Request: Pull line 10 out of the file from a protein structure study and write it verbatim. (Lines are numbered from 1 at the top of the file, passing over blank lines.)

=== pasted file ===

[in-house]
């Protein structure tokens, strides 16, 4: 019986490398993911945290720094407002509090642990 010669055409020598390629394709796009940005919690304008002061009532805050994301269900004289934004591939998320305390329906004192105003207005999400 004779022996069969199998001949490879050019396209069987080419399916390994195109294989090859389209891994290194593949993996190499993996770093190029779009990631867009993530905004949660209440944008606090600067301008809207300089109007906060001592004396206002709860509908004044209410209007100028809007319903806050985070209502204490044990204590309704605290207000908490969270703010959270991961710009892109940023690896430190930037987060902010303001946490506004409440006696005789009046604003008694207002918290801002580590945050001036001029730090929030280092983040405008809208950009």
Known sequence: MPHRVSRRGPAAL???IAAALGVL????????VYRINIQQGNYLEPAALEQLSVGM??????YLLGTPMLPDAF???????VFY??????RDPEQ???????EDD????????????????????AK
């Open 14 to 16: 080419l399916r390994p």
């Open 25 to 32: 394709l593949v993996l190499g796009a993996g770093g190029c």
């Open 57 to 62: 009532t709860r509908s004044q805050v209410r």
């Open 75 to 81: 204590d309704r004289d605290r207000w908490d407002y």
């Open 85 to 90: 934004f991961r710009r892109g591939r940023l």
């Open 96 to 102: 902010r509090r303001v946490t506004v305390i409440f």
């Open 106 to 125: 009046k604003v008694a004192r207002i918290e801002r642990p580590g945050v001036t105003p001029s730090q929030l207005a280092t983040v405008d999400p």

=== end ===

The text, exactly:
């Open 106 to 125: 009046k604003v008694a004192r207002i918290e801002r642990p580590g945050v001036t105003p001029s730090q929030l207005a280092t983040v405008d999400p």